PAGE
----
Activated Müller glia exhibit oxidative stress
The oxidative burst, followed by the production of ROS and RNS, is an important component of innate immunity, which assists in the killing of not only the pathogen, but pathogen-infected cells. We investigated the production of ROS and RNS by Müller glia in response to S. aureus infection. The immunofluorescence (Figure 4A) and flow cytometry (Figure 4B) assays revealed that Müller glia produced reactive oxygen species (ROS) as a part of an oxidative burst following S. aureus infection. The time course studies revealed that ROS generation peaks at four hours with no further increase after this time point (data not shown). In contrast, the levels of NO (indirect measurement of nitrite) were increased in activated Müller glia in a time-dependent manner with the highest detected levels at the eight hour time point (Figure 5A). Consistent with NO production, the mRNA level of inducible nitric oxide synthase (iNOS) is elevated in a time-dependent manner (Figure 5B). Together, these data suggest that Müller cells produce ROS and RNS, implicating their role in antibacterial defense.
Müller glia-conditioned media possess bacterial killing properties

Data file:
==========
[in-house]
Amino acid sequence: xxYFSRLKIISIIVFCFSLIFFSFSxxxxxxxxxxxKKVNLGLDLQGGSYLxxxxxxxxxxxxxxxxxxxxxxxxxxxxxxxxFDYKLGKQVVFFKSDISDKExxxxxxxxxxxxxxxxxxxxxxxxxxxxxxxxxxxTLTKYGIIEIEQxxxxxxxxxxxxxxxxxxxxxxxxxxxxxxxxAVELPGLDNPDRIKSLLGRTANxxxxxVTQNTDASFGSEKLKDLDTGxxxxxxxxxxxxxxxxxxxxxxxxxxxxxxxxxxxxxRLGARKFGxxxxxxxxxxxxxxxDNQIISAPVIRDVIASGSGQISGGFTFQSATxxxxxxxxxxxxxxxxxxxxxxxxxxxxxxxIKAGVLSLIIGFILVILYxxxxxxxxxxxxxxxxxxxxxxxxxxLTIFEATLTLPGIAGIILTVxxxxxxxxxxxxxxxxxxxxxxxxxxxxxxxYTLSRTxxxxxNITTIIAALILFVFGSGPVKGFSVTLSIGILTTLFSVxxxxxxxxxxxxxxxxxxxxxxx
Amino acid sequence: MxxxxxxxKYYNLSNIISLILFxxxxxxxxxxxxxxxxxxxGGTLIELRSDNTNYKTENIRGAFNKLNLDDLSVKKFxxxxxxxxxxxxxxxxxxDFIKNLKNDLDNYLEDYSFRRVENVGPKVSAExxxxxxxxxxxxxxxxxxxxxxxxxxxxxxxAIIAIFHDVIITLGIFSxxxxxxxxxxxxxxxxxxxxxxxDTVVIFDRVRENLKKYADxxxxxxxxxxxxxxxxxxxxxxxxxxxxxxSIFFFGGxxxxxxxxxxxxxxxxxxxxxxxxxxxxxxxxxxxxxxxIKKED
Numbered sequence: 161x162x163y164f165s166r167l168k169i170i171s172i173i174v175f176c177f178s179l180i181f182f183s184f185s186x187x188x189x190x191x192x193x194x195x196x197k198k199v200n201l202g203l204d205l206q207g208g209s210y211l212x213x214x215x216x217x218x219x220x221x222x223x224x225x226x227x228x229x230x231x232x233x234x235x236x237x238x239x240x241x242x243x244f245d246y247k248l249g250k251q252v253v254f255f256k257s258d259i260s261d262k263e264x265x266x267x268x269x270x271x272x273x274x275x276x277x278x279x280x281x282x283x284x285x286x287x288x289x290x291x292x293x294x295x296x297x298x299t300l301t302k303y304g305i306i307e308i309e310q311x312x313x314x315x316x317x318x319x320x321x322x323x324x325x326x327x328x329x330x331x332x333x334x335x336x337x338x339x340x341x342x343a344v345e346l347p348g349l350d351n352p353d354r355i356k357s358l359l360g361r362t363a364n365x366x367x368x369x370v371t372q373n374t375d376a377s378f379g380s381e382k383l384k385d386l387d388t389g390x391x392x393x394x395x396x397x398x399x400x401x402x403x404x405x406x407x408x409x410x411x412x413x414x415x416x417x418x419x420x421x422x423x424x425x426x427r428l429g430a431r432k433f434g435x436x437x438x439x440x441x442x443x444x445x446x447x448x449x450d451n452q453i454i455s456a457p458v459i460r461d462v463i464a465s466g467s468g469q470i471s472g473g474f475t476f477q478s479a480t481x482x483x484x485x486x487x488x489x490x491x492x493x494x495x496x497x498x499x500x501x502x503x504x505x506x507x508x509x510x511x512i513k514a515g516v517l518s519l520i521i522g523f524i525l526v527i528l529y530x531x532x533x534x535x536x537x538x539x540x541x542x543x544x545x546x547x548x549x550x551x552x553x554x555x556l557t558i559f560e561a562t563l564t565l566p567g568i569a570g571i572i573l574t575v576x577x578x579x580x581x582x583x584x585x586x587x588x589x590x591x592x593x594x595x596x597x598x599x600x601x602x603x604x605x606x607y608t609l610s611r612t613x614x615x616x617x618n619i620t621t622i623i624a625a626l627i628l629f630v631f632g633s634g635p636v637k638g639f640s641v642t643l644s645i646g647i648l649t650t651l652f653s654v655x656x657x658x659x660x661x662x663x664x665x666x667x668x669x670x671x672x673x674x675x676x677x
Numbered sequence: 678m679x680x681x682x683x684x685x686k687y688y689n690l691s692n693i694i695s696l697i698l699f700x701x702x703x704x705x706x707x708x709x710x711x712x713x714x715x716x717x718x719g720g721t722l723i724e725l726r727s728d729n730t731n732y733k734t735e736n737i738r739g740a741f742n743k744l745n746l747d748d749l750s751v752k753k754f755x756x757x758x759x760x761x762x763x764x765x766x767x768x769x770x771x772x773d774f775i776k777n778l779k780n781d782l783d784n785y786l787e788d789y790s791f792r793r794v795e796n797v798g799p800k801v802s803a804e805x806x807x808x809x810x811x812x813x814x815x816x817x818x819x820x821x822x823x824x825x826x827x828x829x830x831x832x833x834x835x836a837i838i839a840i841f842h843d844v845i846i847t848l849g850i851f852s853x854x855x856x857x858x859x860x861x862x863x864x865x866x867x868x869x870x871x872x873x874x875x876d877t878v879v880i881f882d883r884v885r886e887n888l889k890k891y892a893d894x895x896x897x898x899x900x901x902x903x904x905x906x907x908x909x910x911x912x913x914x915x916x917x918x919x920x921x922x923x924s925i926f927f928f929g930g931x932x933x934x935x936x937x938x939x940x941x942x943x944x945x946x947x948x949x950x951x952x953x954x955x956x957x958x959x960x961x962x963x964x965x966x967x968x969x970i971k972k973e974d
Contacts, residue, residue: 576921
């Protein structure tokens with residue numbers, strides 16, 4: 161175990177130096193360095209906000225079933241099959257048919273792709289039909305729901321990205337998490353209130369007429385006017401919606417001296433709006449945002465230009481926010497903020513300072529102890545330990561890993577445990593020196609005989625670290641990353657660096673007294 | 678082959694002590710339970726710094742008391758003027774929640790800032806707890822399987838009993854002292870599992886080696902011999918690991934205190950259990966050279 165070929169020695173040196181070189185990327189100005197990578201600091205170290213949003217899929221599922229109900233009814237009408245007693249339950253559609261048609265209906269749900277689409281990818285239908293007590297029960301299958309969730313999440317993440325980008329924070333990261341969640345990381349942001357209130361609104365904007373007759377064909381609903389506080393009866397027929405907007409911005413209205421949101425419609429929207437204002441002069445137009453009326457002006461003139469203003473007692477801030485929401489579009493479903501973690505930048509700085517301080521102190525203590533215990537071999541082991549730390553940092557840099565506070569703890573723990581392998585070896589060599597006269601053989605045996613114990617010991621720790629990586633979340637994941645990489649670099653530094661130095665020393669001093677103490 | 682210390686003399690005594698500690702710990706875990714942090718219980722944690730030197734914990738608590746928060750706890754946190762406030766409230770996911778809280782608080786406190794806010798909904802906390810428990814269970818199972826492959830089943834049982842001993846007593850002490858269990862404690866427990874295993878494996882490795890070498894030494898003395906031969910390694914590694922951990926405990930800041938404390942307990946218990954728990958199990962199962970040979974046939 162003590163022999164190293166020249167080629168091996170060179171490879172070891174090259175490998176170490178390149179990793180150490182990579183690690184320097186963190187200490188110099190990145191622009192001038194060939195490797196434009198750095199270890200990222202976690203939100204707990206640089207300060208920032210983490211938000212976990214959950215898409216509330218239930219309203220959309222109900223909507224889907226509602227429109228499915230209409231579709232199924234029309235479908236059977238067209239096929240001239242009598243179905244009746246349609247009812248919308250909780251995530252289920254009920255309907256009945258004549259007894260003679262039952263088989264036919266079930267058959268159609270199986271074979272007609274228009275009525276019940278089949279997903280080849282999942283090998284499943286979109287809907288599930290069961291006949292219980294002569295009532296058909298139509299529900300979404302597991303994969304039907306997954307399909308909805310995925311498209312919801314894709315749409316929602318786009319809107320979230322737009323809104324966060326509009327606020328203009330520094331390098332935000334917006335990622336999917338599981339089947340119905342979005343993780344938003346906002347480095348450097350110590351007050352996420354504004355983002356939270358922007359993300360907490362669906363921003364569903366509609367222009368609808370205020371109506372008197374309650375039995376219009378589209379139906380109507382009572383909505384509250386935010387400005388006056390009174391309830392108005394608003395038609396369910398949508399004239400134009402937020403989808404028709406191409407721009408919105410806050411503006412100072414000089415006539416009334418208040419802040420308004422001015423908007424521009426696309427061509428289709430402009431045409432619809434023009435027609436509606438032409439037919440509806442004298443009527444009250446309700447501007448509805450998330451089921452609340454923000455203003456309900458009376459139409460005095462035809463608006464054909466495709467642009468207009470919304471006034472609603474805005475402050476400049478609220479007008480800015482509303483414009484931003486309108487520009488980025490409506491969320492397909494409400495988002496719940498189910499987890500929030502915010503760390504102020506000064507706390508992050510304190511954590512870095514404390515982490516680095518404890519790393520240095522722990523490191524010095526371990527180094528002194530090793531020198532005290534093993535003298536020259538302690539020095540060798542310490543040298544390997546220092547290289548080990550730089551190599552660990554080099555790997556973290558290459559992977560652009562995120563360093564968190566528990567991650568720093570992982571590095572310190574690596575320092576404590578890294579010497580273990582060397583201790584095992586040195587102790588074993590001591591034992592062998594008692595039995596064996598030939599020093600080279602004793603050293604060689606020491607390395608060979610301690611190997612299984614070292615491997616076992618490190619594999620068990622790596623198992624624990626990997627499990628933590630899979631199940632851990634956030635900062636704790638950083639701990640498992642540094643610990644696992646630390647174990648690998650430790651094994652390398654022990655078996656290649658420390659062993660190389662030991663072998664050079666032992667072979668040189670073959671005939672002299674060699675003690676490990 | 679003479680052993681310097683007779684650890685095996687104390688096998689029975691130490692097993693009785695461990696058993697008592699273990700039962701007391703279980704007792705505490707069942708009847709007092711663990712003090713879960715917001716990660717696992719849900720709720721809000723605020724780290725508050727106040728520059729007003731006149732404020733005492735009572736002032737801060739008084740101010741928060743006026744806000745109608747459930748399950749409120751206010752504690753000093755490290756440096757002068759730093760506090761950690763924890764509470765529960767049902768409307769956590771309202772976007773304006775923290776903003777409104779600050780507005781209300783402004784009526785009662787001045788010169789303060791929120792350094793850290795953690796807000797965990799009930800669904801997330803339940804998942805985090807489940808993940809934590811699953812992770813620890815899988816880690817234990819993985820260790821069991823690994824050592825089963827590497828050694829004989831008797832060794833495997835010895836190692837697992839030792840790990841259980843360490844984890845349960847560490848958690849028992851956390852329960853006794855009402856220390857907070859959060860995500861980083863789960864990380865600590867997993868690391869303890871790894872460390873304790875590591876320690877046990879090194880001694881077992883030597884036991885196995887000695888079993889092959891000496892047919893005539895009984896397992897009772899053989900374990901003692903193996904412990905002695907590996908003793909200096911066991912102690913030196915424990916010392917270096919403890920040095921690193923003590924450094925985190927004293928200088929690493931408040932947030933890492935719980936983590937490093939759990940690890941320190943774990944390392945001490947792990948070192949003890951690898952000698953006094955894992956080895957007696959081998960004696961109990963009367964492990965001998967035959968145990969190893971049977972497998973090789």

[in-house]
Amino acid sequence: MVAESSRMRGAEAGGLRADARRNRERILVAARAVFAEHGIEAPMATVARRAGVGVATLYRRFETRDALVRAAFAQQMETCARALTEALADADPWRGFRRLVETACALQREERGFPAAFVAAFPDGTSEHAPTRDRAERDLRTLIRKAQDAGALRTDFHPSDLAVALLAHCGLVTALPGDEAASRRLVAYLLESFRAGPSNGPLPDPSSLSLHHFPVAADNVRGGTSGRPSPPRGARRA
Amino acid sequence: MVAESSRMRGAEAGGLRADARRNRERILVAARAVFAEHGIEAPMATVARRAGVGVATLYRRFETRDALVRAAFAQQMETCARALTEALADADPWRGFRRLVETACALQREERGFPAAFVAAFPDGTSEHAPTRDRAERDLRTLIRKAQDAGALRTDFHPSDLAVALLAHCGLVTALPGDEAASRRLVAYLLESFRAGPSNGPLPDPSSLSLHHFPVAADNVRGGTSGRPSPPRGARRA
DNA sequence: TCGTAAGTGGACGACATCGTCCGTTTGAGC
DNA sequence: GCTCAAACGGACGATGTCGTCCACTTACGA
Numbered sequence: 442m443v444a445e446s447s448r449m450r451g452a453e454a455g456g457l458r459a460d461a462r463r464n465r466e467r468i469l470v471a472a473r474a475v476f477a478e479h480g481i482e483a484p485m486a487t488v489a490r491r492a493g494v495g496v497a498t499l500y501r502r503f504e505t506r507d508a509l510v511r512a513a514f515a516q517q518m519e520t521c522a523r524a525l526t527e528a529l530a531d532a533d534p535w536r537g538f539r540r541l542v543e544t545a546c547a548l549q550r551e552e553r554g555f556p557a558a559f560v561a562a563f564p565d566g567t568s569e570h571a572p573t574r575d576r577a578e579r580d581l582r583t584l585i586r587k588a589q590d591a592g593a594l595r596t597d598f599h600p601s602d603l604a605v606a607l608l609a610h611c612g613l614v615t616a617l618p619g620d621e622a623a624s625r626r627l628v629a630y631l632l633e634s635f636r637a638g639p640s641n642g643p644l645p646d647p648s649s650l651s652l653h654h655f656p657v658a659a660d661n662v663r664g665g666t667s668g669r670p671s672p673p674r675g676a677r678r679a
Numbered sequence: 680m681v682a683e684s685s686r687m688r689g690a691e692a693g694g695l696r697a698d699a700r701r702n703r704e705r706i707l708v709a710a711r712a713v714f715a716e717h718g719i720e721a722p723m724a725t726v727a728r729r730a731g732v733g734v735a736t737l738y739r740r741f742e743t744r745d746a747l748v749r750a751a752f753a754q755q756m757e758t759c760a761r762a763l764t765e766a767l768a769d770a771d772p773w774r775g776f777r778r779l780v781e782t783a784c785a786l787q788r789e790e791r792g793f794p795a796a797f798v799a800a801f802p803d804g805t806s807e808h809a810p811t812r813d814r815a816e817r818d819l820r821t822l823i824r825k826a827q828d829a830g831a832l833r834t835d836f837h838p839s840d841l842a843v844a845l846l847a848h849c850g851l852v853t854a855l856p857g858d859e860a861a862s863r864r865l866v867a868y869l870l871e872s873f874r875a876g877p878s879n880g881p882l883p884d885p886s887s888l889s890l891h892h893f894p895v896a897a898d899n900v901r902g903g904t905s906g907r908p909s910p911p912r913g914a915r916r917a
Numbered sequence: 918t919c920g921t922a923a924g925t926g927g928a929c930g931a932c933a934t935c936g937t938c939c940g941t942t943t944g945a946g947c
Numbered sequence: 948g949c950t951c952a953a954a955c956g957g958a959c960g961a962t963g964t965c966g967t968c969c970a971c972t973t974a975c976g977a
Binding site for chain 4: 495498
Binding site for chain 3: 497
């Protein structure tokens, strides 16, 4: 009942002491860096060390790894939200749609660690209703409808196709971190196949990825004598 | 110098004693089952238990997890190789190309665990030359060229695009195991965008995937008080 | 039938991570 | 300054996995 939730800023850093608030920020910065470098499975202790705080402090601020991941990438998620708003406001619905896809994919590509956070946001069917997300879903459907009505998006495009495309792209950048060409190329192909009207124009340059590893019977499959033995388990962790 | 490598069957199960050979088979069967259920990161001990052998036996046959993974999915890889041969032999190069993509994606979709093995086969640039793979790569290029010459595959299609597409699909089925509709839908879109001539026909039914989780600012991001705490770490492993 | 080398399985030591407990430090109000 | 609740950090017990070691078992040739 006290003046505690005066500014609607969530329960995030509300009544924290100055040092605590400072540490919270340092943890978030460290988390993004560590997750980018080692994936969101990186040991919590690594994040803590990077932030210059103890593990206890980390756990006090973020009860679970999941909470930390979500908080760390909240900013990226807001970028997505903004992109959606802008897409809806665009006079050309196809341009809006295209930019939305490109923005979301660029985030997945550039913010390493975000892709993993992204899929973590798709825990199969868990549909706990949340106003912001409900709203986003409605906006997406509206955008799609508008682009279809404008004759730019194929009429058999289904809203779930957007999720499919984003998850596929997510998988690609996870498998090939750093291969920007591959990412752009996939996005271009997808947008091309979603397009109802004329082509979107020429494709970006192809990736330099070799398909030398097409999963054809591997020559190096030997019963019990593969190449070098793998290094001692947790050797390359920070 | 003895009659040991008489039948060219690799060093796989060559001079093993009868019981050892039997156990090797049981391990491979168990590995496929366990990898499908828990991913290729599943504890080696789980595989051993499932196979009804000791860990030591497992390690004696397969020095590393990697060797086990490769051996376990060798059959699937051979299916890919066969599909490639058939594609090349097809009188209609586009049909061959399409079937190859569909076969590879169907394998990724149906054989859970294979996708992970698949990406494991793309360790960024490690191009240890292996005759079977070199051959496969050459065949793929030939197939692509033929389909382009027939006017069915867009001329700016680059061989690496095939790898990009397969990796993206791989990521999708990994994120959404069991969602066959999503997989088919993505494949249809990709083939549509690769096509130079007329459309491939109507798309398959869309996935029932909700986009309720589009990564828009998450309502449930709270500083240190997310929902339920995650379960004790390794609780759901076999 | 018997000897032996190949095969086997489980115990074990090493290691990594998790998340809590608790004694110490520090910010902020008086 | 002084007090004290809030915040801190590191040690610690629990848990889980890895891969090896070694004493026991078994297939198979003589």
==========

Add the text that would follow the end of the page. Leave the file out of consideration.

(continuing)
Earlier results indicate that, in response to bacterial challenge, Müller glia produce various antimicrobial molecules. In an attempt to determine the biological functions of these molecules, we performed several bacterial killing assays. As shown in Figure 6, the conditioned medium from the S. aureus infected MIO-M1 cells, termed ‘activated’, showed an increased number of dead bacterial cells, as indicated by the intense red staining due to the propidium iodide in the Live/Dead® stain (Invitrogen, Carlsbad, CA, USA). In contrast, the normal conditioned media (media in contact with non-infected MIO-M1 cells) or plain DMEM (no cell contact, just bacterial growth media), when deposited on top of S. aureus biofilms, showed heavy green staining due to the Syto9 component of the Live/Dead® stain (Invitrogen, Carlsbad, CA, USA), indicating viable bacteria. Similarly, proteinase K (20 μg/ml for 30 minutes) treatment of the conditioned media showed significantly reduced bactericidal activity, that is increased green fluorescent staining. To further demonstrate the pathogen killing ability of Müller glia, we performed an in vitro killing assay in both adhered (Figure 7A) and suspension culture (Figure 7B) of MIO-M1 cells. Both of these assays revealed that Müller glia possess the ability to kill S. aureus, as evidenced by the reduced number of viable CFUs when compared to controls.